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Dairy fat is back

milk

If you’re like most Iowans, you don’t leave the grocery store without a gallon of milk in your cart.

More than one-half of Iowa households consume milk daily, according to the 2018 Iowa Farm Bureau Food and Farm Index. Iowans recognize the nutritional benefits of real dairy milk.

However, if you never liked the taste of non-fat or low-fat milk, then go ahead and choose reduced-fat or whole milk, says Stephanie Clark, a dairy food scientist at Iowa State University.

What’s more important is that you drink milk, at whatever fat level or flavor you like, she says.

Real dairy milk is one of the safest, most nutritious beverages available, Clark says. And the latest research confirms that the fat in dairy and animal-based proteins doesn’t make us “fat” or increase the risk of cardiovascular disease, Clark says.

“If you like 2 percent (milk), drink 2 percent. If you like whole (milk), drink whole,” Clark says. “The number of calories you get from milk is not the biggest source of calories in our diet.

“You have to be conscious of your diet and exercise and be active. But you don’t have to restrict (foods) so that you are unhappy,” she adds.

A growing body of research shows that the fat in milk and dairy foods doesn’t contribute to weight gain and is actually protective of overall heart health, Clark says.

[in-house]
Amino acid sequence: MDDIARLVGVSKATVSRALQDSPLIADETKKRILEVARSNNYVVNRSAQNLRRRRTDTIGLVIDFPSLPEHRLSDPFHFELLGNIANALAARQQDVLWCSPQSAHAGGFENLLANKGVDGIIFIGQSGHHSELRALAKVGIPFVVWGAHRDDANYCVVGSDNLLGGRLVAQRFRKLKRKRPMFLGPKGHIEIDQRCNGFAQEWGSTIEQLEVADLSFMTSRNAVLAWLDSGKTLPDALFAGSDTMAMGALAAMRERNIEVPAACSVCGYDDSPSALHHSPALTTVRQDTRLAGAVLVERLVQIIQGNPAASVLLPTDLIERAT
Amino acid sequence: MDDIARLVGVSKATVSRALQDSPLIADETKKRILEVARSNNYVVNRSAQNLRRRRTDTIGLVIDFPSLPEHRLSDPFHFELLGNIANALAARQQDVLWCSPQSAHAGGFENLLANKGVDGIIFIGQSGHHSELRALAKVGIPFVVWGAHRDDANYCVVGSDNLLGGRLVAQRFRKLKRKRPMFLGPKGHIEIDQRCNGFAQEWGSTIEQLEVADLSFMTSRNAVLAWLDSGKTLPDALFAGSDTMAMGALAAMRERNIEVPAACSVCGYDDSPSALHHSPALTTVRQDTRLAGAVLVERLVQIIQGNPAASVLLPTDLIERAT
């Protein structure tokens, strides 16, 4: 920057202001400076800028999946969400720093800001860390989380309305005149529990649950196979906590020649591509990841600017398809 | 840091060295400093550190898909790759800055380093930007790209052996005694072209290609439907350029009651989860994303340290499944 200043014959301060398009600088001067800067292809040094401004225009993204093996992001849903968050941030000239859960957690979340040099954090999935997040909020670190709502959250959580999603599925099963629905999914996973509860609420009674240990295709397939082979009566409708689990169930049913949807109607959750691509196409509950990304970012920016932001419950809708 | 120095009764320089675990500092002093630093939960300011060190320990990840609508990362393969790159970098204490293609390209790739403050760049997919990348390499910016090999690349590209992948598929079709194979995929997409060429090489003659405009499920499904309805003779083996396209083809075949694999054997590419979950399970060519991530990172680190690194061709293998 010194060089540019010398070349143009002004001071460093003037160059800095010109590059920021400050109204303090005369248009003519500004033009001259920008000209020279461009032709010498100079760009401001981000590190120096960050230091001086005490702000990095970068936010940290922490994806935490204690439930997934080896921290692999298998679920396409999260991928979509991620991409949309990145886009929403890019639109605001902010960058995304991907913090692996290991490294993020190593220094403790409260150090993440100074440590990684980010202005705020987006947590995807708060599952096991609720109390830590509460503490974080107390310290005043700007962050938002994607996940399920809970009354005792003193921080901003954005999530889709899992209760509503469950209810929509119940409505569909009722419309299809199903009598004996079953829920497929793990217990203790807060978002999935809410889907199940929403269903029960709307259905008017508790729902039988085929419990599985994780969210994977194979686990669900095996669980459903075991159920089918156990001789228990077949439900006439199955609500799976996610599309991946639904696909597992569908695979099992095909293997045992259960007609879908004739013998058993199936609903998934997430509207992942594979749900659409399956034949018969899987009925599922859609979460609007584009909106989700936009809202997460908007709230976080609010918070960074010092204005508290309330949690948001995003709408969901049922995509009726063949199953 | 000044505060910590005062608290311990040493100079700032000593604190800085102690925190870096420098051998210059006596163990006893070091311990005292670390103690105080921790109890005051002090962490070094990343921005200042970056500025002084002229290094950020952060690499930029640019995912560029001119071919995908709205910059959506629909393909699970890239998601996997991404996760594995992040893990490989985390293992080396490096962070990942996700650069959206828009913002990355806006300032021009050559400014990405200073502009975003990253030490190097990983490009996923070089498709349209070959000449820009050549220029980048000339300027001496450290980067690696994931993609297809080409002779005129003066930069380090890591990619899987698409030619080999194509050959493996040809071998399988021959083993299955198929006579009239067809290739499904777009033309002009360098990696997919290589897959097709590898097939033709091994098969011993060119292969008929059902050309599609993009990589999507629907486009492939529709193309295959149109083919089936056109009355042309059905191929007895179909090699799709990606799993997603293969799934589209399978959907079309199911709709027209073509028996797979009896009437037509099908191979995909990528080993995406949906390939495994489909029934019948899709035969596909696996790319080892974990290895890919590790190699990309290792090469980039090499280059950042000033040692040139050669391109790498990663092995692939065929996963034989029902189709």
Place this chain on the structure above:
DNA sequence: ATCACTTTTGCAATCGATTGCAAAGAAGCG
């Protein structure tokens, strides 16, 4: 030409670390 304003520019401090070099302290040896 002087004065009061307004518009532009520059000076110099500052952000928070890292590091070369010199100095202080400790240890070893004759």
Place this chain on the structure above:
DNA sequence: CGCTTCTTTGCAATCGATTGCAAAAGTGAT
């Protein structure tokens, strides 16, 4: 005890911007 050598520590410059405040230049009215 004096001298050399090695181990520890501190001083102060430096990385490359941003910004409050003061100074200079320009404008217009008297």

Clark says dairy fat helps with satiety, making you feel fuller longer so you eat fewer calories overall.

Dairy consumption also contributes to a trimmer body and healthier distribution of body fat, Clark says. Regular milk drinkers tend to have less fat around their waist. Excess abdominal fat increases your risk of cardiovascular disease.

“The combination of nutrients - the protein and calcium and vitamin D - from milk seems to contribute to satiety, better body fat distribution and better health outcomes,” Clark says.

In addition, dairy fat delivers essential fat-soluble vitamins, such as Vitamin A and D. These nutrients can only be absorbed with fats.

Unfortunately, most Americans don’t get enough Vitamin D and calcium in their diet, Clark says.

In comparison, plant-based beverages, such as nut-based drinks, are typically fortified with Vitamin D and calcium. These additives tend to sink to the bottom of the carton, ending up as a “sludge” that’s not drinkable, Clark says.

Real dairy milk’s nutrients are naturally more bioavailable, meaning that our bodies can absorb them more easily, she explains.

“If people care about natural, then they need to be thinking about dairy,” Clark says.

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